This app is fantastic for guided medition. It's free to download and to do the basic beginner sessions. After that its a subscription service but well worth the money I would say. There are specific packages for pain, stress, anxiety and even a kids section.
Book: Mindfulness: A practical guide to finding peace in a frantic world
Mindfulness isn't just about meditation. Yes, the meditation will help you to achieve focus and will ground you in the moment but it's also about the way you live your life on a moment to moment basis. This book comes with a CD full of guided meditations and has 8 weeks worth of lessons. Within the lessons are various tasks to help you become more mindful.
But I don't have time......
Ok so I know.....when you have kids there is NO time. Like EVER. It's like you give birth and then they suck all the time out of the world, along with any energy you may have. I'm going to sound like a cliche but you must MAKE time. To begin with just take 10 minutes out of your day. I personally prefer to meditate in the morning but it doesn't matter what time of day you do it. It could even be the 10 minutes before you go to sleep. If you forget or it just doesn't happen for whatever reason then just try to remember the next day. Mindfulness is about compassion and non-judgment so scolding yourself isn't allowed.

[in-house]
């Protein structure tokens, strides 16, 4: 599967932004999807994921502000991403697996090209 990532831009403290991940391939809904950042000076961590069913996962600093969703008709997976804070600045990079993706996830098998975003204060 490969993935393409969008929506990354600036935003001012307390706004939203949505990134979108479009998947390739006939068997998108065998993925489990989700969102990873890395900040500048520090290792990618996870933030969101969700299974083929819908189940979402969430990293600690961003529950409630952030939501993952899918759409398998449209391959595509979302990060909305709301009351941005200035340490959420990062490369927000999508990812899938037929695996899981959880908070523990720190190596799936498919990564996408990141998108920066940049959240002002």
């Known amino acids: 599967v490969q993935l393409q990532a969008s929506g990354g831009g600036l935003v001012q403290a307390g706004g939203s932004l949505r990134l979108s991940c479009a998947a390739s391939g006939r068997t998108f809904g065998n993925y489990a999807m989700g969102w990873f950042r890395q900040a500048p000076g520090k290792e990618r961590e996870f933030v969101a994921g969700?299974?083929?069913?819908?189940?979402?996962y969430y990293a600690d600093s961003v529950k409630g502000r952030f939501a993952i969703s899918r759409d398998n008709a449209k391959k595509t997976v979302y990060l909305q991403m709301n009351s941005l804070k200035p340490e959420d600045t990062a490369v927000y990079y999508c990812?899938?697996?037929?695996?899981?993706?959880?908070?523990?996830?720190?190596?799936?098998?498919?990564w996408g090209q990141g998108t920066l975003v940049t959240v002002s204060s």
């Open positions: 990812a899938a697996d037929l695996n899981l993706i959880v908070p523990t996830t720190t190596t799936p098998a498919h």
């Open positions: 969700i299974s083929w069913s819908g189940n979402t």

There is recent scientific evidence that neural pathways within your brain will change after 12 weeks of daily meditation. You will start to feel calmer, less stressed and you will become less reactionary to daily challenged. Different types meditations can give you different perspectives on the world and can help you to allow yourself to let go of anger and resentment which only hurt yourself in the end.
My advice to any parent who wants to feel a little more content, less anxious and/or stressed and maybe shout a little less at their kids/partner/random strangers is to start by downloading the Headspace app and go from there. It's free financially and the time cost is honestly worth it! Just do one 10 minute mediation a day and see how you go. You'll likely feel a little silly at first, I know I did, but it starts to become more natural and you may start to even look forward to your meditation sessions. So what are you waiting for?